This brings us to a difficult, not easily answered question about intensive organized team-training programs: Do we feel strongly enough about national prestige—for this is certainly a question of national rather than individual pride—to follow the Soviet example and turn the Olympics into a battle between nations rather than a competition between individuals?
We think of Viscount Templewood, president of the British Lawn Tennis Association, who earlier this month discussed the possibility of Soviet tennis players competing at Wimbledon. He outlined the conditions under which the Soviets might be eligible and then added a comment on the Soviet attitude towards sport.
"Russians," he said, "evidently regard athletic victories as evidence of their national superiority. We must refuse to accept this concept of sport."
Coming as it did in a year in which Roger Bannister demonstrated his individual superiority over all the world's milers and Chris Chataway demonstrated his individual superiority over the great Russian runner, Vladimir Kuc, it was a statement that the sportsmen of the world might study before answering the larger question.
Arcaro of Virginia
The foxes of Virginia have been scampering away from hunters and hounds since long before the American Revolution, but it is doubtful that they have ever endured pursuit quite so unique, so grand, so frightening as that which materialized when the Piedmont Fox Hounds met at Philomont on Nov. 23 (mark well the date), 1954. It was on that occasion that Eddie (Banana Nose) Arcaro, premier jockey of the American turf, took his first crack at riding to hounds.
Jockey Arcaro, who had never heretofore assayed anything more uneven than the backstretch at Aqueduct, showed up for the hunt as the guest of Mrs. Richard Lunn (the former Liz Whitney) perched high on a huge hunter named William S. Hart. He was costumed in a cap, a windbreaker and jodhpurs, and looked, among all the big folks in pink coats, something like an exercise boy up on an elephant. His stance was definitely lopsided, for he rode with "acey-deucey stirrups" (the right higher than the left, racing style). Said he, grinning, "I can't get legitimate overnight." But he spurred resolutely to the head of the field and took the first jump—a 4-foot 4-inch fence—like a flea on a kangaroo.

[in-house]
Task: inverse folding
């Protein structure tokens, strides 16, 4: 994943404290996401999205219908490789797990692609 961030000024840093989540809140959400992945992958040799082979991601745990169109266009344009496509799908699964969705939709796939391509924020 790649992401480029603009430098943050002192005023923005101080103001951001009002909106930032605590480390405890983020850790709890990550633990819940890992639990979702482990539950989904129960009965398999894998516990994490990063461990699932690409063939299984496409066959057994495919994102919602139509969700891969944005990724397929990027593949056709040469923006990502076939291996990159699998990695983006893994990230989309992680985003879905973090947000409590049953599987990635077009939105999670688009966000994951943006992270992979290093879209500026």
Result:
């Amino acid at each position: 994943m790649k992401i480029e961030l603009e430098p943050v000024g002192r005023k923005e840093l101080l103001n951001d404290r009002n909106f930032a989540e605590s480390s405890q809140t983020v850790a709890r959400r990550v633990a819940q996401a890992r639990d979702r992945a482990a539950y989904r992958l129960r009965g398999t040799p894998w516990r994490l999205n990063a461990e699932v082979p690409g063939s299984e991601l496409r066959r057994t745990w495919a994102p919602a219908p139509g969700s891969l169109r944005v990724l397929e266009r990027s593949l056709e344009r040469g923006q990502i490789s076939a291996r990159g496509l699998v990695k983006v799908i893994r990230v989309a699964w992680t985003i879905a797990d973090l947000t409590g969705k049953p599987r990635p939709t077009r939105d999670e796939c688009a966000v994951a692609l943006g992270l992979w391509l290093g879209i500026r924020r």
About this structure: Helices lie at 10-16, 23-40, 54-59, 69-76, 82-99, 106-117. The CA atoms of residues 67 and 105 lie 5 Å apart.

He was startled, nevertheless, by the way William S. Hart went sailing through the air, and in the next flat stretch he hustled along beside top Brush Rider Emmett Roberts and begged plaintively for advice on staying alive. "Grab a handful of mane and hang on until you get the swing of it," cried Roberts. Arcaro was shocked. "Right out here in front of everyone?" he asked incredulously. "Sure," bawled Roberts. "Go ahead." Arcaro hung on. But after a few more jumps his years on horses began to tell; he got "his feet off the dashboard" and leaned into the jumps. In one 80-minute, 15-mile chase after a red fox (which finally retreated to its den) Arcaro took 25 assorted stone walls, fences and chicken coops without blinking an eye.
When the day was done, the old amateurs of hunting were unanimous in their judgment of Old Pro Arcaro: "Cool head, stout heart, good hands, firm seat." Arcaro, however, was still breathing a little hard last week. He confessed: "I sure felt like a gone guinea going over that first one."
The Sugar Bowl Mile
Shortly before the "Mile of the Century" at Vancouver, B.C. last summer, certain thinkers at the National Broadcasting Company had a vision which all but blinded them—why not show the Bannister-Landy struggle on a split screen in the U.S. and devote the other half to a picture of Kansas' Wes Santee racing them by remote control at some track in the States? The delicious scheme fell through—Santee was busy undergoing summer training as a Marine Corps reserve officer—but his feud with the two four-minute milers was only delayed. Next week he will set out to run them into the ground on the track at New Orleans' Sugar Bowl.
Both Landy and Bannister, of course, are now retired, leaving San-tee—apparently the only man alive capable of matching them—as a sort of Robinson Crusoe of the world of track. But to gain the glory he is absolutely certain he deserves he must still conquer them in absentia. From the day he got back to Kansas from Quantico last September he has been training with lung-cracking devotion not only to break the four-minute barrier himself (he ran 4:00.6 and 4:00.7 last June) but to exceed the best performances of his ghostly rivals.
Santee, a tall, stick-thin wire-muscled fellow (6 feet 1 inch, 146 pounds), is still holding forth at the University of Kansas at Lawrence—he is no longer eligible for intercollegiate competition but will not complete his undergraduate work in physical education until this June. He began his autumn conditioning program by running from four to six miles a day around the hilly Kansas campus and by subjecting himself to speed sprints afterward. Since Thanksgiving Day he has been applying himself to what Bannister and Landy call "interval running" and what he terms "paced quarter miles" on the track in the cold, empty Kansas football stadium.
In so doing he has put more emphasis on speed than either of his rivals—both of whom prepared for races by running a quarter mile, walking a quarter mile and repeating the process as many as 10 or 12 times. Santee, garbed in a curious training costume (wrinkled long woolen underwear with a pair of trunks and a turtle-necked sweater yanked on over them), has been running five quarters at increasing speed (58, 58, 57, 57 and 53 seconds) and has been running rather than walking a quarter between each. On top of this, six days a week, he has also run longer distances and short sprints. On the seventh day he rests—or rather he just goes out in the country and runs five or six miles. "Man," he says, "there's nothing finer than to just go out and run on Sunday afternoon."